The Fresh Loaf

A Community of Amateur Bakers and Artisan Bread Enthusiasts.


Traveler's picture


Up until now I have been putting my risen loaf (in an oblong, unglazed, clay baker) directly into a hot oven .. aprox 425 f.  However, someone pointed out that I was in danger of having the room temp clay baker crack when put in a hot oven.  I'm not terribly comfortable putting my risen dough in a preheated clay baker. I know it works for some people who have experience at that. 

This got me thinking that perhaps putting the risen, fully proofed, dough (in a clay baker) into a COLD OVEN and letting it bake to completion might be a good way to go. 

Does anyone have any thoughts on this method ?



happycat's picture

If you do a search (top right) for "cold oven" you get lots of hits:

Traveler's picture

Thank you, Happy Cat.

Certainly a lot of great information on that link you so kindly provided.

I tried it today. The bake time was much longer, of course, 1 full hour, but I was thrilled with the results. Especially enjoyed the thin "cracky" crust. 

mariana's picture

This method works but not the way you described it, i.e. not with the fully proven dough. As you place your cold clay baker in a cold oven and it begins to warm up, the proofing inside will continue for a while before it begins to bake and by then the loaf will overproof and collapse.

So do not proof the dough fully and then this method will work very well.

A variation of that method is to place your cold clay baker into a preheated oven but not directly on the oven rack. Place your clay baker on a small baking tray or baking sheet, even a few layers of thick aluminum foil between the clay and the hot oven rack will do. This will form a barrier and will eliminate thermal shock in a place where hot metal touches cold clay.

alcophile's picture

There is a blog entry at King Arthur Baking comparing the cold start method with the pre-heated Dutch oven method:

Rock's picture

Breadtopia's instructions for starting out cold do recommend oiling the baker first, noting that the hot baker will have less sticking problems and will provide more oven spring.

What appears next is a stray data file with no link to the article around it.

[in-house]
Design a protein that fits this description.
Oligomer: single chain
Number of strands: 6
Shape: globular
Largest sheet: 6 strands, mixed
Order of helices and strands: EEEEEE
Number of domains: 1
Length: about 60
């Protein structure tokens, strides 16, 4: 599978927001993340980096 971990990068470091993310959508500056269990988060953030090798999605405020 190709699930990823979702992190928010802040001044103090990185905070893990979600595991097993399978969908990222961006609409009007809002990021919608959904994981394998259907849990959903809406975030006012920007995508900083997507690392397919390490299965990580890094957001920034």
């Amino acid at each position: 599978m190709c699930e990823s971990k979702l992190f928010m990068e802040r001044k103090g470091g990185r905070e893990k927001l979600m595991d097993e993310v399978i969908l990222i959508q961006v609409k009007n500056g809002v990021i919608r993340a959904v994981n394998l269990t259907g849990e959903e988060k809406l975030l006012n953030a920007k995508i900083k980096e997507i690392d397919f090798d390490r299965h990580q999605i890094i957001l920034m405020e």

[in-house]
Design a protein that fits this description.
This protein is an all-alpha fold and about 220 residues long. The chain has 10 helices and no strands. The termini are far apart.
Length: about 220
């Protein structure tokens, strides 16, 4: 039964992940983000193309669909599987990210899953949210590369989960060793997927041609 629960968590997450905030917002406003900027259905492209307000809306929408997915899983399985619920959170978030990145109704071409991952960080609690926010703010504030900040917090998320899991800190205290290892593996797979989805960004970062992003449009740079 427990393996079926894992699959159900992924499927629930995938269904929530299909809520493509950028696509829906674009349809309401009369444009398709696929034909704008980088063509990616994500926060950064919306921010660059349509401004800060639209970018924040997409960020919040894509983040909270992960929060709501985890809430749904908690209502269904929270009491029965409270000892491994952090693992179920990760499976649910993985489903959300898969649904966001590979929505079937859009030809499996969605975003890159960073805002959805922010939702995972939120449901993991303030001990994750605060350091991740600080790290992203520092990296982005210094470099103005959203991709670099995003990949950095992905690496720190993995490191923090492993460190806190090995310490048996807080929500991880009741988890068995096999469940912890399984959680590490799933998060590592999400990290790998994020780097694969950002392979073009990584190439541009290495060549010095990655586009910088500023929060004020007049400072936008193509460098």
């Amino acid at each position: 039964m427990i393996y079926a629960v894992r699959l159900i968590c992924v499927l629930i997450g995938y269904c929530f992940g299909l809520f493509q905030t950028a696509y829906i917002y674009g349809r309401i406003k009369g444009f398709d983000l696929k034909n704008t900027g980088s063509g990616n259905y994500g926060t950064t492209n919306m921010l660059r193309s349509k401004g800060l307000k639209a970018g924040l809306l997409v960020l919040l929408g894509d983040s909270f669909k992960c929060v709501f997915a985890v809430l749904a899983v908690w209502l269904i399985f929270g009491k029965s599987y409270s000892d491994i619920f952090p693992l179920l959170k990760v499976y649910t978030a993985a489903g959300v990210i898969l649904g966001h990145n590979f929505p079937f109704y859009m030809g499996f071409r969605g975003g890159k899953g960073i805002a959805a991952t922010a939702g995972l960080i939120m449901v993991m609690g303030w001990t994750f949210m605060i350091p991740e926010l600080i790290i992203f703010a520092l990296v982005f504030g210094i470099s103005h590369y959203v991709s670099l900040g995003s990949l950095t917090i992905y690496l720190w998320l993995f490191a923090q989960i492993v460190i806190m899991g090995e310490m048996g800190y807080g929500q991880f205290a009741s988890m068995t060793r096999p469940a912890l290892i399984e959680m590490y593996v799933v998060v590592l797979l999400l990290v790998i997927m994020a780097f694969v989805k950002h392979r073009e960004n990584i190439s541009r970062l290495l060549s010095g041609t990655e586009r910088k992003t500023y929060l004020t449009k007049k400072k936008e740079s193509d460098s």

Probably the most important thing to remember, as mariana points out, is to not let your dough fully proof before putting it in the cold oven.


naturaleigh's picture

I also have an oblong clay baker that I like to use for 'toast loaves'.  However, when I went to make my first loaf using this baker (several years ago) I decided to follow the instructions from Breadtopia and use oil since the bottom of the baker was not glazed--big mistake!  The loaf stuck all over the bottom and sides and would not come out without being torn.  So, painful lesson learned and I was quickly back to strictly using parchment from then on, without any issues whatsoever.  

You indicate you are reluctant to put your dough in a pre-heated baker, which I understand.  But, if you use a large enough piece of good quality parchment (the thin stuff does not work so great for heavy loaves) to turn your dough out onto, it is pretty straight forward as far as lifting the parchment and dough and carefully lowering it into the bottom of the baker.  The low sides of the oblong bakers make this pretty safe and I actually have batard size bakers that I use upside down, so I'm only lifting the dough into the flat lid rather than trying to lower it down into the deep bottom piece.  You can fold the overhanging paper down over the edge with oven mitts to keep it out of the way of the dough.  Just take the same precautions as you would with the sides of a hot oven or grill.  I never have to put any pans or anything else under the bakers to deflect heat and the parchment protects the bottom of the loaves from burning, at least in my experience.

All that being said, it sounds like you are exploring the cold oven start method, which many people use with great success as well.  Let us know how it goes!  My curiosity has now been piqued regarding the cold start method!